United States District Court, N.D. California.
OAKLAND DIVISION ORDER DENYING REQUEST FOR BAIL PENDING APPEAL
YVONNE GONZALEZ ROGERS, District Judge.
Pending before this Court is defendant Saleem M. Khan's Motion for Bail Pending Appeal. (Dkt. 66.) The Court sentenced Mr. Khan on March 13, 2014 to a 21-month custodial sentence after he entered an "open" guilty plea to one count of bank fraud in violation of Title 18 U.S.C § 1344 and one count of making false statements to a financial institution in violation of Title 18 U.S.C § 1014. The Court allowed Mr. Khan to self-surrender on June 23, 2014. On June 18, 2014, five days before his surrender date, the defendant filed the instant motion for bail pending appeal. The Court extended the surrender date one week to provide the Court with sufficient opportunity to analyze the last-minute request. On June 23, 2014, the Government filed an opposition to the motion and on June 25, 2014, defendant filed a reply, including his declaration. (Dkts. 69, 71, 72.)
For the reasons set forth below, the Court DENIES the motion and provides this written Order pursuant to Federal Rule of Appellate Procedure 9.
A comprehensive factual background is set forth in the Presentence Investigation Report ("PSR" at Dkt. 36) to which no one filed an objection. (PSR at 17.) The Court finds these facts to be undisputed. The PSR provides in pertinent part:
....On September 2, 2005, Khan obtained a home equity line of credit from E-Loan regarding [an] Appian Way residence in the amount of $345, 000 ("HELOC" or "HELOC loan"). On October 3, 2005, a deed of trust securing the HELOC was filed with the Alameda County Recorder's Office with respect to the Appian Way residence. (¶ 8.)
On October 25, 2005, E-Loan sold the HELOC loan to E-Trade. Thereafter, E-Trade utilized PNC to service the HELOC loan. As of January 2010, Khan's outstanding principal balance on the HELOC was approximately $344, 850.... (¶ 9.)
Beginning no later than July 2010, and continuing to approximately March 2011, Khan knowingly devised and executed a scheme to defraud PNC and E-Trade in order to obtain more than $299, 850 in funds owed on the HELOC secured by the Appian Way residence and the deed of trust securing the HELOC.... (¶ 10.)
In furtherance of the scheme, after about January 2010, Khan stopped making payments on the HELOC loan. On July 13, 2010, Khan falsely stated in a telephone call with a PNC representative that the reason that he had defaulted on payments on the HELOC loan was that he had been laid off from his job for 14 months. On October 29, 2010, the HELOC loan was charged off by PNC, with E-Trade's concurrence, and referred to PNC's recovery department, which operated as a division of PNC known as CLC Consumer Services. Thereafter, Khan told a default specialist in PNC's recovery department that he was in financial hardship and wanted to settle the loan. (¶ 11.)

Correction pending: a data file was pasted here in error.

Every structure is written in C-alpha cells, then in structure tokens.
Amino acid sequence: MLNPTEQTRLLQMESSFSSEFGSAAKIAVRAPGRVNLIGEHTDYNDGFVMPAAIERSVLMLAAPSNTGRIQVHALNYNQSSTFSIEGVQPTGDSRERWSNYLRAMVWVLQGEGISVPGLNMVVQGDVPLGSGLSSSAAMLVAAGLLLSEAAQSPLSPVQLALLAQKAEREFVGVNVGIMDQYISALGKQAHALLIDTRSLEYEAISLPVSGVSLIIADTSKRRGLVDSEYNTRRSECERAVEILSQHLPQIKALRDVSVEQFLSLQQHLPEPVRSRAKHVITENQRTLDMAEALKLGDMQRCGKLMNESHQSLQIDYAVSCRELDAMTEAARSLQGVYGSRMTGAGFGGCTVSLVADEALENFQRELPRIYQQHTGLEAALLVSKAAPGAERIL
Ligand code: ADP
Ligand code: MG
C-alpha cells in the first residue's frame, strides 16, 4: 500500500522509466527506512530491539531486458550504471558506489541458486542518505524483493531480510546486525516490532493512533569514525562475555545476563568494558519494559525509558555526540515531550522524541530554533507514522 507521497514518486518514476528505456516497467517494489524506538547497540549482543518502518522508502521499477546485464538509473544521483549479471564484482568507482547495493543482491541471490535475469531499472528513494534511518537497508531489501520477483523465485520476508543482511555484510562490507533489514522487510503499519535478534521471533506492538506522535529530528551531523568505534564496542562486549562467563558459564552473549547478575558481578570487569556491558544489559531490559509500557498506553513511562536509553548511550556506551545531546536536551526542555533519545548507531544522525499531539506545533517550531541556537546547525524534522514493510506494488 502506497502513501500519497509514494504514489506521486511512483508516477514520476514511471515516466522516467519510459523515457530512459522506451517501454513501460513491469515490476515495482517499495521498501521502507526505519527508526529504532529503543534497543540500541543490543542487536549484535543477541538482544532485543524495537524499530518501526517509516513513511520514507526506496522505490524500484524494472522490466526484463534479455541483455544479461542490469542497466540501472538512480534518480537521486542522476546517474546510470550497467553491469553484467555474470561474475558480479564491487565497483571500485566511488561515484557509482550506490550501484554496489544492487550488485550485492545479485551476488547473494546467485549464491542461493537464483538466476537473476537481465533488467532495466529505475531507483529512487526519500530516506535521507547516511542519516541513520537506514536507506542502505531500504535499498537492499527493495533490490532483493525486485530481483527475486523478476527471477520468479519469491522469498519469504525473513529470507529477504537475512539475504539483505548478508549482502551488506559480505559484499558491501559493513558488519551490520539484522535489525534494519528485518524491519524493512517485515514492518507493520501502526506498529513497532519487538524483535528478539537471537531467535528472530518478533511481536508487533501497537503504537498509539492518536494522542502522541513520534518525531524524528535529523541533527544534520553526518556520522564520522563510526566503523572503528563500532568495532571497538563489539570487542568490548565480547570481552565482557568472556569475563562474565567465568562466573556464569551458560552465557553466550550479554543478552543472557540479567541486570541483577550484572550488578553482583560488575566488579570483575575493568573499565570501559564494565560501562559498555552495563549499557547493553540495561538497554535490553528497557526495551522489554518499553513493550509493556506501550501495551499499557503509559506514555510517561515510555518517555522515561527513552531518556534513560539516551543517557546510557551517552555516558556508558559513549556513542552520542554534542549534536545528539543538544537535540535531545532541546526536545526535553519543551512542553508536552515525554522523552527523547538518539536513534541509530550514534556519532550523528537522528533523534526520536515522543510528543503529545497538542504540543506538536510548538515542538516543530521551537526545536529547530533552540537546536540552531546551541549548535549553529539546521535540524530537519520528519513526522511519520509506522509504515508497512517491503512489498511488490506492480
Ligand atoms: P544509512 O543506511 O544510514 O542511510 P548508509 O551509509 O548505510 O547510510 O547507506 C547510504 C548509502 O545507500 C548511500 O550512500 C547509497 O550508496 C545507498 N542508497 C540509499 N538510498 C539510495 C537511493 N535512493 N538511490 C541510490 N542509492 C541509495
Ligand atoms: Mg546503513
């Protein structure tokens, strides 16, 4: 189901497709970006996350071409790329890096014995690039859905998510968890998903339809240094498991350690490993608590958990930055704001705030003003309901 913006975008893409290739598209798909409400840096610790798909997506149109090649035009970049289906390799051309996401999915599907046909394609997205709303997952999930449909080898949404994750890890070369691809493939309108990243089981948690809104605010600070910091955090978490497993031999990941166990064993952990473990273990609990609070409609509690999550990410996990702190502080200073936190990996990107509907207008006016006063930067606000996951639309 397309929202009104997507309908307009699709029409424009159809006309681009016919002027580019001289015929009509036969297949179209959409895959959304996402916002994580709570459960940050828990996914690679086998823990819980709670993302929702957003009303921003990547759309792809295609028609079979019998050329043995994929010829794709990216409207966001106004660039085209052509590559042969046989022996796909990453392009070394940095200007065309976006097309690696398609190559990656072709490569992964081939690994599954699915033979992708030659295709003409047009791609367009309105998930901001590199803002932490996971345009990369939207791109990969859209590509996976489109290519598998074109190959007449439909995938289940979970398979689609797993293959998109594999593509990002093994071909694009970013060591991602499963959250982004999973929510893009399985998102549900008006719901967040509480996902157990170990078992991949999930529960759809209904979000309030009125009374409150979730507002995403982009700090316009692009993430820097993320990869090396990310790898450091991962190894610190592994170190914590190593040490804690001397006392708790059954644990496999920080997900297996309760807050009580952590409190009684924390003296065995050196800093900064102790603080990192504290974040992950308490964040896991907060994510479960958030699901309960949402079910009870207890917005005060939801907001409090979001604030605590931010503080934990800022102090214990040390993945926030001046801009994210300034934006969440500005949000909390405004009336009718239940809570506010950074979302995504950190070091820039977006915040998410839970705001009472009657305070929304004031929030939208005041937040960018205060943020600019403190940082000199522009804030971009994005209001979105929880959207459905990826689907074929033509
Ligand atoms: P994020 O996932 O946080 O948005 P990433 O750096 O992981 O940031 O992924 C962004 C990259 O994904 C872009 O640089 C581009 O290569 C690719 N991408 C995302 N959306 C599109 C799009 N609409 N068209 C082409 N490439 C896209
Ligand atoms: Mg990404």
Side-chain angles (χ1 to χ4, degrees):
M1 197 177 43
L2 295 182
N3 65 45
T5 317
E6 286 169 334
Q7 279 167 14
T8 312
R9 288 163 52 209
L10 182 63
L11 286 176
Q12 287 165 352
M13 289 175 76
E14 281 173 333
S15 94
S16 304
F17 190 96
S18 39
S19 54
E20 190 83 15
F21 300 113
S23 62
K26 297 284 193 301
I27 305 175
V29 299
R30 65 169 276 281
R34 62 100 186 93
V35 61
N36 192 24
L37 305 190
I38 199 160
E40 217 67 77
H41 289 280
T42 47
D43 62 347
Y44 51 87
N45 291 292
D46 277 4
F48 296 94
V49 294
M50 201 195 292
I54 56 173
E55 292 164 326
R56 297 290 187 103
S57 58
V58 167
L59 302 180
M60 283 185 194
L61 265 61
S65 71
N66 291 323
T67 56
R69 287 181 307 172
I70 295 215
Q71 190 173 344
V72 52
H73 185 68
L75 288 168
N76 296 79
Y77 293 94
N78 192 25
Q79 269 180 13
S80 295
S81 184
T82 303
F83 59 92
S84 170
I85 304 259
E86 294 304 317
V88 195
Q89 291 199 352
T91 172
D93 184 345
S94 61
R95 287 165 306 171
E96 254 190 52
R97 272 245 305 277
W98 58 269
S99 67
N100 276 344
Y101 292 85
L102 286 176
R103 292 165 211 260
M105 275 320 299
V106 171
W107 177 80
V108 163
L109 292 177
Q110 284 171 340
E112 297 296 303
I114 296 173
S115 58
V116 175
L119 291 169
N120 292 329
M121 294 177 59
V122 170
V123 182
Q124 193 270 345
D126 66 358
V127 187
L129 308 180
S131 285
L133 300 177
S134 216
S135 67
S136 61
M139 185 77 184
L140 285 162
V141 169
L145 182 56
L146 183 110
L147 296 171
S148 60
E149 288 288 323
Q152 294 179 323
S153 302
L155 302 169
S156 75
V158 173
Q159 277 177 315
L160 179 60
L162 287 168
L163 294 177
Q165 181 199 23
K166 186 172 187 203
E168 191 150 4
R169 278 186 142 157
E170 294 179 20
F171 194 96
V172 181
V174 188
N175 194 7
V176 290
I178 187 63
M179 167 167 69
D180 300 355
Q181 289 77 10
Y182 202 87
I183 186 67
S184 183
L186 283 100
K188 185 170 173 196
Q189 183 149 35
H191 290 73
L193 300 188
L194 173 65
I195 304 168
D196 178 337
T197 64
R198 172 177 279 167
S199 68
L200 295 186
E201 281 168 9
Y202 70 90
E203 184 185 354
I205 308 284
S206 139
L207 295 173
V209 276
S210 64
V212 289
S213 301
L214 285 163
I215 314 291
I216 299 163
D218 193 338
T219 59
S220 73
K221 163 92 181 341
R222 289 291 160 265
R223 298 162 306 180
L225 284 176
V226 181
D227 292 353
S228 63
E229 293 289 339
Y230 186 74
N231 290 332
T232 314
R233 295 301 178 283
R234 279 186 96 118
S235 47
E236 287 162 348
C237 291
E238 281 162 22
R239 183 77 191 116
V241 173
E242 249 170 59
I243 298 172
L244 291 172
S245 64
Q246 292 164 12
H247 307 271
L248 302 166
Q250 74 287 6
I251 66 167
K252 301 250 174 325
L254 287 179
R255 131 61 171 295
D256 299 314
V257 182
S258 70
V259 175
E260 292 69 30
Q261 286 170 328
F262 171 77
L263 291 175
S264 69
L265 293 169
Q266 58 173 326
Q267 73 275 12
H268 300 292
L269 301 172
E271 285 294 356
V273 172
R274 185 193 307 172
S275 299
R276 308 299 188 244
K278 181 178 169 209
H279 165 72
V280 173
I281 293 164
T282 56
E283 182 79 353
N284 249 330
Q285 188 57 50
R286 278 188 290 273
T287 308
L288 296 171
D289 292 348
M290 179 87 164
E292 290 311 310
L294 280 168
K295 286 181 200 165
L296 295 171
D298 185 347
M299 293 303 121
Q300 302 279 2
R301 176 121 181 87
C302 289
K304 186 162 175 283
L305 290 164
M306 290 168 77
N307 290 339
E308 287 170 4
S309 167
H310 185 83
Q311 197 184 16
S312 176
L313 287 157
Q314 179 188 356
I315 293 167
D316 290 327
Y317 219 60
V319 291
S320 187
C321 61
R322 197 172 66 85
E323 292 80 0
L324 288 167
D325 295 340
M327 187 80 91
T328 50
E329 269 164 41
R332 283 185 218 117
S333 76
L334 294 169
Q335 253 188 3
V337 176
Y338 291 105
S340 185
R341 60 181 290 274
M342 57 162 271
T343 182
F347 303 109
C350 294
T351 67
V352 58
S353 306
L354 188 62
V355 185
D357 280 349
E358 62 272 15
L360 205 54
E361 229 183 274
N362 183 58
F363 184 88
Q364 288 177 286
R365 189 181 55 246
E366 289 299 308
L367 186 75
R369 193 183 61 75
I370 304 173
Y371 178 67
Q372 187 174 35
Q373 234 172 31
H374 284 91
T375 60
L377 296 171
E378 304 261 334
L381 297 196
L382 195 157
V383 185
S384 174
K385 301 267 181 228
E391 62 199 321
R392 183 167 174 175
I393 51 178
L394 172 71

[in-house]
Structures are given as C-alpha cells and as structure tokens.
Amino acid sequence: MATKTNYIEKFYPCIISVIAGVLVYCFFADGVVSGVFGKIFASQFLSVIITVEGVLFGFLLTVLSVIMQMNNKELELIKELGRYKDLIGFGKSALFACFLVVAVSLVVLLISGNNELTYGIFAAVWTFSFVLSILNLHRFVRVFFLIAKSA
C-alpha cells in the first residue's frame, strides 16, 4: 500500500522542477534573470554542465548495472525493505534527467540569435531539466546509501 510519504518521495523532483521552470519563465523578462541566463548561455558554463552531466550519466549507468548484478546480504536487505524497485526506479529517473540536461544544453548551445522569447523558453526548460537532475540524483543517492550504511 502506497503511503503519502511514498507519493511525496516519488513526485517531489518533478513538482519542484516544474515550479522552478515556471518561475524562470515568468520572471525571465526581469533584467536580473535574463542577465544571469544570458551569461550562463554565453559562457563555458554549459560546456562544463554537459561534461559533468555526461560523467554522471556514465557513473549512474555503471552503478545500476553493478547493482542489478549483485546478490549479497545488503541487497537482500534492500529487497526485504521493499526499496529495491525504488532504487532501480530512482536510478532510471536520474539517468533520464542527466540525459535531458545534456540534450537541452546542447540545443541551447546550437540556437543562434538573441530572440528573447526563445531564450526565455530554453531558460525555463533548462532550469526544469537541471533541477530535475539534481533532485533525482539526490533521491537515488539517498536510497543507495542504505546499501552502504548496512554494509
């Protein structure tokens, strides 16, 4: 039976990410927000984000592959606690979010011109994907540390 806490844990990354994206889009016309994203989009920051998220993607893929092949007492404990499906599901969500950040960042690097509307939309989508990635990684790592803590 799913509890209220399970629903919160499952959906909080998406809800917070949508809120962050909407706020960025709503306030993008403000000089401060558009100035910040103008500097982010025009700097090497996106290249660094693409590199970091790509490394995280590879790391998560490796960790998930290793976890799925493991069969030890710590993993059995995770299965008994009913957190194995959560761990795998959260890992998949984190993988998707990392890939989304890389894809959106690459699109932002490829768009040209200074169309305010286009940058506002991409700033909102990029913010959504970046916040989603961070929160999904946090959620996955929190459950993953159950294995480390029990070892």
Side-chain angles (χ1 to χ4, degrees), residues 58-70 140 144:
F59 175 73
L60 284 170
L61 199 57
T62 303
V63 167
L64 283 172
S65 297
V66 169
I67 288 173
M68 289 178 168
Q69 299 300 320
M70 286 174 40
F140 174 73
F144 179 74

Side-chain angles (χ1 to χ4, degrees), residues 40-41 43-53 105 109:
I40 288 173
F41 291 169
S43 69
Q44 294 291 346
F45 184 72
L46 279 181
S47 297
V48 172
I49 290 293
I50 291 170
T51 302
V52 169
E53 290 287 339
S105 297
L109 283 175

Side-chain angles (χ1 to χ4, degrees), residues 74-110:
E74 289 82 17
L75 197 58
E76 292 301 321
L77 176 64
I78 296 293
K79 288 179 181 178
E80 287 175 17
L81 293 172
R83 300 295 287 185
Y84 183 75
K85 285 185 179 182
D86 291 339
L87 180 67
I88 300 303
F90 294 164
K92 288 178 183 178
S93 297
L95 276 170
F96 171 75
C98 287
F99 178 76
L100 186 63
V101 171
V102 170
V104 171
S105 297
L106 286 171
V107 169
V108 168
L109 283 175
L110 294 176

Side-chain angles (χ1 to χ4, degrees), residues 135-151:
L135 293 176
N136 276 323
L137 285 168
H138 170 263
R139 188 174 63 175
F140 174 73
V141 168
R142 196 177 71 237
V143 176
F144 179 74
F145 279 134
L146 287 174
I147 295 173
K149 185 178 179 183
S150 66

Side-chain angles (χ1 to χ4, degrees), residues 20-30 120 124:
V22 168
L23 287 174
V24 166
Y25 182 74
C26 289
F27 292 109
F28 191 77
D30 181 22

...On January 13, 2011, in response to a request from the PNC default specialist, Khan sent an e-mail from the Northern District of California to the default specialist in Pennsylvania, which included attached documents supporting his offer to settle the HELOC for $45, 000. These documents included (a) a so-called hardship letter in which Khan falsely stated that he had lost his job at the end of 2007 and was not able to secure a stable job until July 2010; (b) altered pay statements falsely indicating that Khan was employed by AB Star Group, from which he purportedly received a bi-weekly net salary of approximately $1, 900; and (c) an income and expense statement falsely listing a monthly income of $4, 117. Khan involved his nephew, Kamran Khan, in altering Khan's pay statements reporting that Khan was employed by AB Star Group. (¶ 11.)
In truth, at the time of his January 13, 2011 e-mail, Khan had been nearly continuously employed since July 1995. Further, in December 2008, Khan began working as a consultant for Kaiser Permanente. On July 29, 2009, Khan was hired as a full-time employee of Kaiser Permanente, with a bi-weekly net salary of approximately $3, 190 in January 2011. At no time was Khan ever an employee of AB Star Group. Moreover, between April 2010 and January 2011, Khan earned more than $870, 000 by buying and selling options and by conducting other transactions through brokerage accounts, which income was not disclosed in the income and expense sheet that Khan submitted to PNC on January 13, 2011. (¶ 12.)
In advance of sentencing, the defendant provided Probation with a written statement admitting in pertinent part as follows: "I illegally settled my HELOC with the bank to benefit myself in the amount of $299, 850." (¶ 18.) As set forth above, the scheme began in approximately January 2010 when Mr. Khan stopped making ...